Vision argues that even though describing one as "nice" allows for more flexibility in interpretation, whereas "kind" only has one sort of connotation. And if the family is to adapt to their human neighbours, they need to appear "normal" and adopt their neighbours' idioms, even if they are meaningless gestures like, say, giving a pan of cookies to robots who don't eat.

The debate of meaningless actions to appear normal is punctuated by Virginia dumping the cookies that Nora and George made for them. The Virginia understands the norms of accepting the cookies, but inherently fails to understand the actual point of the cookies is to consume them.

Behavior Without Context

This brings up the secondary thesis of Vision, acting superficially normal without fully understanding the meaning behind the actions. The Visions, but especially Virginia, are more or less going through the motions of normalcy.

Virginia partially struggles with maintaining normalcy for two reasons. One, is due to where her brain patterns come from (more on that in later instalments). Two, she's easily the most isolated one of the family.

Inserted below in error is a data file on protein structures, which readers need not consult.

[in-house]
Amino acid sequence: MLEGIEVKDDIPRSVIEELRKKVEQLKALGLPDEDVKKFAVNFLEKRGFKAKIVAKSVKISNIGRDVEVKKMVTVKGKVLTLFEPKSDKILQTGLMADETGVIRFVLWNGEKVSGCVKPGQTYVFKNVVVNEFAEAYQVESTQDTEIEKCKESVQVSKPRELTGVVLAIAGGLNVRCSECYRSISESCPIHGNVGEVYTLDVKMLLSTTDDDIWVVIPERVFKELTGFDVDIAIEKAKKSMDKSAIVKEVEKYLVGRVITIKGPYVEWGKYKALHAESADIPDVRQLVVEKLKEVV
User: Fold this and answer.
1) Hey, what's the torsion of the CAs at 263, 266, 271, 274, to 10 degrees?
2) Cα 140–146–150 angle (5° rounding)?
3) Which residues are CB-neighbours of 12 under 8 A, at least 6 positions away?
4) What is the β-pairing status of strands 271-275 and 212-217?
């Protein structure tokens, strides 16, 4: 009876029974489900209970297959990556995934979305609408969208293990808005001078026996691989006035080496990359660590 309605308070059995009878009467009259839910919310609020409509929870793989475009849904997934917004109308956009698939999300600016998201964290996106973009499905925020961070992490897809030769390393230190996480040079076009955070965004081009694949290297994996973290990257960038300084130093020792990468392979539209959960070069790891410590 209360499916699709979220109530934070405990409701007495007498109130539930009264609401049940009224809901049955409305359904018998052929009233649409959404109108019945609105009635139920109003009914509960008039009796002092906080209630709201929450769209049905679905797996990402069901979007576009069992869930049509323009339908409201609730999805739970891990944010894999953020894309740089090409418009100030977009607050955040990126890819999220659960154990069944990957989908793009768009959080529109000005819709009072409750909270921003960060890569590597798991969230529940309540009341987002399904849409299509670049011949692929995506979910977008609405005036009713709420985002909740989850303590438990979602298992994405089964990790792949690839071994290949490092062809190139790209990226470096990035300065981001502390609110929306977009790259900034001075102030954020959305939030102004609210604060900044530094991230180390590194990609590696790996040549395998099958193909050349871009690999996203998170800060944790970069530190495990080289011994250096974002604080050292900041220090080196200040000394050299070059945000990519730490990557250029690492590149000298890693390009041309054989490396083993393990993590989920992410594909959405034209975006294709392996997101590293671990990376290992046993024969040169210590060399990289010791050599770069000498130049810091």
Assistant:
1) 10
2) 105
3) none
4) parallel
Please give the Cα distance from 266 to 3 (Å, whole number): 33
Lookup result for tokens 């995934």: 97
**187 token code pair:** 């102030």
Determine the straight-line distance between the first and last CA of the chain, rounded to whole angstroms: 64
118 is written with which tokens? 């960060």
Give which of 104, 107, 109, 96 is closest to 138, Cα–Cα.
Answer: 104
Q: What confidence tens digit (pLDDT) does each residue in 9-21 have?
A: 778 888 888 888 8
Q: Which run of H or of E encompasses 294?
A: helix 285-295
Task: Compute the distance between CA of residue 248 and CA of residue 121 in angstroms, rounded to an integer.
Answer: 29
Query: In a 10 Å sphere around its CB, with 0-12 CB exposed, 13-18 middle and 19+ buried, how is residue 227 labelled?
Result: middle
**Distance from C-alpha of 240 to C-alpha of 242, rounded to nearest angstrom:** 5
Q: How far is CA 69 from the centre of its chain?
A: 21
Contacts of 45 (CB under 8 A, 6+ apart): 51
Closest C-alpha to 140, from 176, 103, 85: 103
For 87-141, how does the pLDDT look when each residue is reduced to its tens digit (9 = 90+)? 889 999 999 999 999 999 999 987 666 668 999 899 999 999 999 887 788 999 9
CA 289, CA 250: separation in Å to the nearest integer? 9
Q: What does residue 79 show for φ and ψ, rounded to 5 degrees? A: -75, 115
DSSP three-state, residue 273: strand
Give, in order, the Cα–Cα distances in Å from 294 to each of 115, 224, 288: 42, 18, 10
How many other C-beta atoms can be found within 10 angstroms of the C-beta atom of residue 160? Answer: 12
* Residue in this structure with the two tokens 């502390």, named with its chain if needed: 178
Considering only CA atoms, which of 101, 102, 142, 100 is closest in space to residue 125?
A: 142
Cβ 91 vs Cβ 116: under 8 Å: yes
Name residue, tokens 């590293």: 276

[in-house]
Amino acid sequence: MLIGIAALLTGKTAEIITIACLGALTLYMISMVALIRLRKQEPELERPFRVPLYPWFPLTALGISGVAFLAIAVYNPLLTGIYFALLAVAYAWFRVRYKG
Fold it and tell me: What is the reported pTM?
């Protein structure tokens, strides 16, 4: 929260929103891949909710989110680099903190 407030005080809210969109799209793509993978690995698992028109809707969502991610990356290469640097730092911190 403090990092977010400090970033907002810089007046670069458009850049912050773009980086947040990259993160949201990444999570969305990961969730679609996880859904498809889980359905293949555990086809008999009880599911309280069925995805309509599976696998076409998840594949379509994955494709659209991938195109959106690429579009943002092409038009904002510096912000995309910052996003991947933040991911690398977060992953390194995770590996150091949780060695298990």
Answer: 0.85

The Vision works outside the house with the Avengers. Viv and Vin go to high school and socialize with human teens. But Virginia just sits in the house most of the day rotating through her memory banks.

All the other family members have socialized themselves into society, but Virginia mostly stays in the house. Any interactions with people outside of her family end almost always end in violence.

There is a quote from issue one that perfectly encapsulates Virginia's character struggle to belong somewhere.